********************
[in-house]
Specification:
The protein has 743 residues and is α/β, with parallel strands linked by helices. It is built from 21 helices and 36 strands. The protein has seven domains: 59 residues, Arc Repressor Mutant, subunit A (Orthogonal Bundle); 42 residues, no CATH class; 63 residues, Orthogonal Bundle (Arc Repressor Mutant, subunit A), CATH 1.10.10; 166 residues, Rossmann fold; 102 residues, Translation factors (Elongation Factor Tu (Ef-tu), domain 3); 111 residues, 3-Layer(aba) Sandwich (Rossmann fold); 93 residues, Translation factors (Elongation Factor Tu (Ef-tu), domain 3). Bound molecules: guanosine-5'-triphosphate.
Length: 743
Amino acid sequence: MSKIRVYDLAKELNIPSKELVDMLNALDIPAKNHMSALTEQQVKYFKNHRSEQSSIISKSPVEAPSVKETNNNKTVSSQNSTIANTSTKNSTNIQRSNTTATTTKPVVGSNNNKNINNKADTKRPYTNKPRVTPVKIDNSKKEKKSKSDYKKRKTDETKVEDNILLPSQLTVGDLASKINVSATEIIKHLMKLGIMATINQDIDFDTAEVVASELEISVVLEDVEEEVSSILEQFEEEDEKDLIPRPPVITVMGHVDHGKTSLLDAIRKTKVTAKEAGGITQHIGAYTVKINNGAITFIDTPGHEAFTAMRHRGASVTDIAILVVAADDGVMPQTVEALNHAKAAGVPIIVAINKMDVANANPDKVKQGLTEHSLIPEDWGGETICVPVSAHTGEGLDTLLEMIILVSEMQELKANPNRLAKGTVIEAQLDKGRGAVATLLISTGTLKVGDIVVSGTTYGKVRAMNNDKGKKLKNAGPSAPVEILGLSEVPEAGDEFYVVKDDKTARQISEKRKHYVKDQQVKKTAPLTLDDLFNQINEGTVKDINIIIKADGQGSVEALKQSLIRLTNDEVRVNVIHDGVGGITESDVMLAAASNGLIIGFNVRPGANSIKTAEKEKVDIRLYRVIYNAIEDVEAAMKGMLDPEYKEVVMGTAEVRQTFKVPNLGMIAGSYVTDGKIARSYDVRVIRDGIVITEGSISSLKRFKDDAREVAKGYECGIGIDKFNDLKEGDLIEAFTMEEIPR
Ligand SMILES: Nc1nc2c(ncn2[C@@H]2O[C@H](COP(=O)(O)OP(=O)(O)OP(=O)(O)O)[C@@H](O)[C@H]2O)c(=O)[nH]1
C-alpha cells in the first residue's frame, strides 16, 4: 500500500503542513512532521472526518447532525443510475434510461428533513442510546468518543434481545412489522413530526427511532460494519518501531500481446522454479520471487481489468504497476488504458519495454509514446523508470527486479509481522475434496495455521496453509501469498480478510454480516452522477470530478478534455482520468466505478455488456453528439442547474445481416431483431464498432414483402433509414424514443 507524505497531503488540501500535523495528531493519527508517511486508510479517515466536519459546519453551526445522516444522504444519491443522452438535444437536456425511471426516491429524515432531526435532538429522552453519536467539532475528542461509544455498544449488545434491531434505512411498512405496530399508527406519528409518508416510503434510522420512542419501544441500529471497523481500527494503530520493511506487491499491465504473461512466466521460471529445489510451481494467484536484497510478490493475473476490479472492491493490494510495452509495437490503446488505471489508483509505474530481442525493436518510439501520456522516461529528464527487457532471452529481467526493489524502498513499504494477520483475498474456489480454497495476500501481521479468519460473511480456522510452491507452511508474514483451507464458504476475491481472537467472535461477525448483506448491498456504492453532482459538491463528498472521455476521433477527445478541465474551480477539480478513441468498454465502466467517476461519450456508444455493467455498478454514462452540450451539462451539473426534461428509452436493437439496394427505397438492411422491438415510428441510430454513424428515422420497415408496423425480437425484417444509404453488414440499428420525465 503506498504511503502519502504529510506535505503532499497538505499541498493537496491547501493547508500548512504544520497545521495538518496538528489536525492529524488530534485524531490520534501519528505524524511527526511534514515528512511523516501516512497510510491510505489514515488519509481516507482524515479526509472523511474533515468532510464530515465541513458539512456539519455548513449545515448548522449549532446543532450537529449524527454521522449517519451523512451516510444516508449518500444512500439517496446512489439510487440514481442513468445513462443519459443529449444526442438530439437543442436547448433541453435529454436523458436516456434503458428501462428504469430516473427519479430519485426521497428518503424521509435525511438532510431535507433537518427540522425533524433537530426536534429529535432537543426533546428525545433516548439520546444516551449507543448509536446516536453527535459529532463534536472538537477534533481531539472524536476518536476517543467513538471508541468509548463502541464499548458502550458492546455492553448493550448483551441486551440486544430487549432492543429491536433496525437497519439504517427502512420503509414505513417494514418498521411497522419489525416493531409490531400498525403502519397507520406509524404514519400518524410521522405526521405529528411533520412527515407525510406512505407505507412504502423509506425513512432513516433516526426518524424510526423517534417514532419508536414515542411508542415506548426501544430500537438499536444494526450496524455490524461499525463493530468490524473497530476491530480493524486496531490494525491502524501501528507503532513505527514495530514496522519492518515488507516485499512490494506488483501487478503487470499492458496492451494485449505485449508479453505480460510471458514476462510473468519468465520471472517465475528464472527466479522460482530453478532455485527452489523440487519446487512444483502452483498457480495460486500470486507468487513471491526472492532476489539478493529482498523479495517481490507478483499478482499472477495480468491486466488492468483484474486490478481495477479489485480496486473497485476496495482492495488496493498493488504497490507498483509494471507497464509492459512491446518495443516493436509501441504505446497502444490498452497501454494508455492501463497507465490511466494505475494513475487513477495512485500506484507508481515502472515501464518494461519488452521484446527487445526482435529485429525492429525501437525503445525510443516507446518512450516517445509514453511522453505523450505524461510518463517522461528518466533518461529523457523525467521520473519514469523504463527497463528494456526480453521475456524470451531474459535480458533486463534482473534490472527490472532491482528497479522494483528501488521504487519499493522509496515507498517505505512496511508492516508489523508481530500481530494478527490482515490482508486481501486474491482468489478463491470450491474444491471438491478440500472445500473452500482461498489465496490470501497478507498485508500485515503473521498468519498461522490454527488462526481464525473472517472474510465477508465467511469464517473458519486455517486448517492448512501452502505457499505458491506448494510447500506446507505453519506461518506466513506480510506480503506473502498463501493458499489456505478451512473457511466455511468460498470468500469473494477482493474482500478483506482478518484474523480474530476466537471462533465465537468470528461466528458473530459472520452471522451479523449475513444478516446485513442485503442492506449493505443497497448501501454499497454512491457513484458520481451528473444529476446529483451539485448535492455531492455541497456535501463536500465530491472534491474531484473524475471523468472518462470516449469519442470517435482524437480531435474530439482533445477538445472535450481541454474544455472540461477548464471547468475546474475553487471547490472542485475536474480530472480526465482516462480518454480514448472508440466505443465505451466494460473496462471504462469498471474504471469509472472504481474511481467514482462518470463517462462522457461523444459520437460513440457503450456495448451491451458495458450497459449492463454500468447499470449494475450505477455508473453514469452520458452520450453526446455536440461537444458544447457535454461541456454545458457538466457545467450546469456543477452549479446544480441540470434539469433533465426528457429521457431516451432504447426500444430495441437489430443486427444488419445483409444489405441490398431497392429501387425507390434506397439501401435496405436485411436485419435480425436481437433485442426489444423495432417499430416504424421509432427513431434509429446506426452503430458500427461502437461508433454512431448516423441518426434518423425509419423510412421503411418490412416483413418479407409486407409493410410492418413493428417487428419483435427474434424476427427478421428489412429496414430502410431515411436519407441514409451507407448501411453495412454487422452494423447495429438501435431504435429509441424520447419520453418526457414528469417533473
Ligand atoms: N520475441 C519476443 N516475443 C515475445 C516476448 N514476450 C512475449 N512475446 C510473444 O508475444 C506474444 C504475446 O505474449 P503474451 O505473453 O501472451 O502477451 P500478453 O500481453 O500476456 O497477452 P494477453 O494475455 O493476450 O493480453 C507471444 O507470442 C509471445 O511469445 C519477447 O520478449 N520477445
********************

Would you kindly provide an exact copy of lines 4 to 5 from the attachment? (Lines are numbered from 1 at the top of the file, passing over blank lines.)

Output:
Length: 743
Amino acid sequence: MSKIRVYDLAKELNIPSKELVDMLNALDIPAKNHMSALTEQQVKYFKNHRSEQSSIISKSPVEAPSVKETNNNKTVSSQNSTIANTSTKNSTNIQRSNTTATTTKPVVGSNNNKNINNKADTKRPYTNKPRVTPVKIDNSKKEKKSKSDYKKRKTDETKVEDNILLPSQLTVGDLASKINVSATEIIKHLMKLGIMATINQDIDFDTAEVVASELEISVVLEDVEEEVSSILEQFEEEDEKDLIPRPPVITVMGHVDHGKTSLLDAIRKTKVTAKEAGGITQHIGAYTVKINNGAITFIDTPGHEAFTAMRHRGASVTDIAILVVAADDGVMPQTVEALNHAKAAGVPIIVAINKMDVANANPDKVKQGLTEHSLIPEDWGGETICVPVSAHTGEGLDTLLEMIILVSEMQELKANPNRLAKGTVIEAQLDKGRGAVATLLISTGTLKVGDIVVSGTTYGKVRAMNNDKGKKLKNAGPSAPVEILGLSEVPEAGDEFYVVKDDKTARQISEKRKHYVKDQQVKKTAPLTLDDLFNQINEGTVKDINIIIKADGQGSVEALKQSLIRLTNDEVRVNVIHDGVGGITESDVMLAAASNGLIIGFNVRPGANSIKTAEKEKVDIRLYRVIYNAIEDVEAAMKGMLDPEYKEVVMGTAEVRQTFKVPNLGMIAGSYVTDGKIARSYDVRVIRDGIVITEGSISSLKRFKDDAREVAKGYECGIGIDKFNDLKEGDLIEAFTMEEIPR